Freezer problem


In the freezer portion of my fridge I've started having a problem with frost build-up. I went on a four day trip, and when I came back everything in the freezer had a thick coating of frosty ice crystals. I thought perhaps I had left the door cracked a bit so I cleaned off the frost, checked the door seals - they seem air tight, and closed it back up. But the frost continues to build no matter what I do. My first thought was an air leak letting humidity into the freezer, but the seals seem fine. It cools fine - i can turn the thermostat down cold enough to freeze everything in the fridge portion too.
What else can cause this?
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Woodie wrote:

Check the fan
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Woodie wrote:

Another thing you can do to ensure the seals cling tightly is to take a little dish soap and smear it on the door seal. It gets and stays tacky as it dries, and that can often be enough to stop a small air leak without having to replace the door seal. I got that tip from a fridge repair guy and it worked for me when the problem was that the seal was leaking just a little. It wouldn't hurt to give it a try.
HellT
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You can't tell if the seals are fine just by looking at them.
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snipped-for-privacy@rochester.rr.com wrote:

So how do I check them? I inspected them visually, I ran my fingers along their entire lengths to check for cracks, warping, etc. I took a damp cloth and cleaned the seals and the frame where it goes. It all seemed good...
The fridge is less than three years old.
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I am still betting on the door seal. That frost is water. The water has to get there somehow. It does come out of the air.
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I am still betting on the door seal. That frost is water. The water has to get there somehow. It does come out of the air.
--
there\'s something wrong with the defrost, probably the relay.



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wrote:

That would be my suspicion too. Door seals don't fail on 3 year old fridges and with a failing seal, the problem comes about slowly, not all of a sudden. If the door is closing properly, then the automatic defrost is likely not working.
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snipped-for-privacy@optonline.net wrote:

would not usually cool properly. I have had that problem recently with a Kitchen Aid built in .... well actually, 2 years ago and now again recently. Both the fridge and freezer stopped cooling properly. 2 years ago, I shut it down and called the service company. They came out, complained that I shut it off, said I needed a new compressor (because it was "5 years since last replaced") and left. After they left (leaving the unit on) I noticed it was cooling normally. So I watched it. It worked for 2 years perfectly. And then about a month ago it iced up. The coils were nice and frosty. I disassemble the coil area in the freezer, checked that the ice melting heater had continuity and checked the defrost temperature sensor, which click at about 32 degrees. I assumed it must be the 3rd and last component in the defrost cycle, the timer. For $20, I replaced the timer and it has been working since. Also it now runs much less with this newly designed timer. I think the old design timer defrosted much more than necessary.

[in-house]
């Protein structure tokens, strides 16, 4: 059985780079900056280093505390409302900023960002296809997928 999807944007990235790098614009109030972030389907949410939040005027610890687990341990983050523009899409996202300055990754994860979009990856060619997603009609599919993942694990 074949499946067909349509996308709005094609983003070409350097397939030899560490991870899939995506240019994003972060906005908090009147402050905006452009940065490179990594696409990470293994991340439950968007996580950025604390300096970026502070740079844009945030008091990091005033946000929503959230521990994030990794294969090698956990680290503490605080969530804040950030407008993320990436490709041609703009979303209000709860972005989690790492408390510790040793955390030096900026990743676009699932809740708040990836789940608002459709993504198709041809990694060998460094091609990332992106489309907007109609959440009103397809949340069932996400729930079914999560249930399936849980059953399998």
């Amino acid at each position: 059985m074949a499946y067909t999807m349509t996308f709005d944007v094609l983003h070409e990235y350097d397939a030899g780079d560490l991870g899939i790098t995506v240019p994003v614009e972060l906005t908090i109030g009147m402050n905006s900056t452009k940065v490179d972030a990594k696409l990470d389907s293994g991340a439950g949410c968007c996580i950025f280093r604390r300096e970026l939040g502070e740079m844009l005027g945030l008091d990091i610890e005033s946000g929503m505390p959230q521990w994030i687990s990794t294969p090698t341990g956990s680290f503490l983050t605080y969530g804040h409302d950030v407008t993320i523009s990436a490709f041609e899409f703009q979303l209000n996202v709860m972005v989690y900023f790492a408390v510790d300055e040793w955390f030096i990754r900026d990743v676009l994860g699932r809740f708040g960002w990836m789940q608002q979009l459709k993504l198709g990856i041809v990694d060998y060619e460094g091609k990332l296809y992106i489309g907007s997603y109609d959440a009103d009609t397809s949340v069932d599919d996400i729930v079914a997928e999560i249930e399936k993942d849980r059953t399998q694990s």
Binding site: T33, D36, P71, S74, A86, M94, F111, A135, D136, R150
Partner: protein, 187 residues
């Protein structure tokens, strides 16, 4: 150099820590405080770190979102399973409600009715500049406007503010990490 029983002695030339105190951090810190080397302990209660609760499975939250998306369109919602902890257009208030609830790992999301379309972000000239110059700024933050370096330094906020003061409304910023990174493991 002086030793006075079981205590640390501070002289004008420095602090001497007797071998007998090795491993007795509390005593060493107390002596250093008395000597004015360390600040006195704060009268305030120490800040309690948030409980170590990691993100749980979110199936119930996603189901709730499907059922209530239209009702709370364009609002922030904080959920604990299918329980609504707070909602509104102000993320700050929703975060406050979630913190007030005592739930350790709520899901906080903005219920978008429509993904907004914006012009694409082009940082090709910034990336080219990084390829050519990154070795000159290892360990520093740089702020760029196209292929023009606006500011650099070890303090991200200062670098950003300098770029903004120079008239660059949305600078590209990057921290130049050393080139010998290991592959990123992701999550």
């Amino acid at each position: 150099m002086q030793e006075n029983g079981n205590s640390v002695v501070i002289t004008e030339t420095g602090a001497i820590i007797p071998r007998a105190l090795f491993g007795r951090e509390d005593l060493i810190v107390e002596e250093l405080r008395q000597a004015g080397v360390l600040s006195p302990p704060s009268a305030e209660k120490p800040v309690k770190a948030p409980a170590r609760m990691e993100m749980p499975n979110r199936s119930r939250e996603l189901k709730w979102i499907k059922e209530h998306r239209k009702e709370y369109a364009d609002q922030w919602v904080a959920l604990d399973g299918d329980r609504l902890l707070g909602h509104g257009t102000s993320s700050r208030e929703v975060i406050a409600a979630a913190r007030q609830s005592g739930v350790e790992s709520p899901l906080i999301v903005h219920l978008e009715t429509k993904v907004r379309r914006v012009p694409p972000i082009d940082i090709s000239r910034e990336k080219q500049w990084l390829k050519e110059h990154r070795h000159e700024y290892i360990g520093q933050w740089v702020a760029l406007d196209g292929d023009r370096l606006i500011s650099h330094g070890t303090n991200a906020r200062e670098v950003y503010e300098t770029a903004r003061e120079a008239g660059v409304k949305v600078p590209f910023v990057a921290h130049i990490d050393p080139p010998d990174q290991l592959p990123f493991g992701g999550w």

Anyway, when my defrost cycle was bad, I really didn't get too much frost on anything except the coils ... maybe a little more. But, if it were really humid in the OP's area and the door opened a lot, that may account for the frost, if the defrost was not properly working.
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wrote:

well, i had exactly the same problem as the OP, and it was the defrost relay. it would get cold, but would build up 2" of ice in a couple of days on the back wall of the freezer (humid part of summer in phoenix). it still kept good temps in both the freezer and fridge.
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May we have some more information about this "relay"? I've not heard of such a part.
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charlie wrote:

Typically, the defrost timer turns on the heater after an amount of time, sometimes compressor run time, some just plain real time. The defrost thermostat shuts off the heater once the coils reach a temperature above freezing .... no sense in adding extra heat to the freezer. If the thermostat button is stuck open, the heater won't go on at all. I guess if the system was designed to be just barely enough, some ice would probably cause a reduction in air flow and reduced cooling. However, if there's lots of extra cooling and air path, it might keep cooling for a while until it gets completely blocked up with ice and no air flows ... no cooling.
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Sounds like problems with the defrost function.
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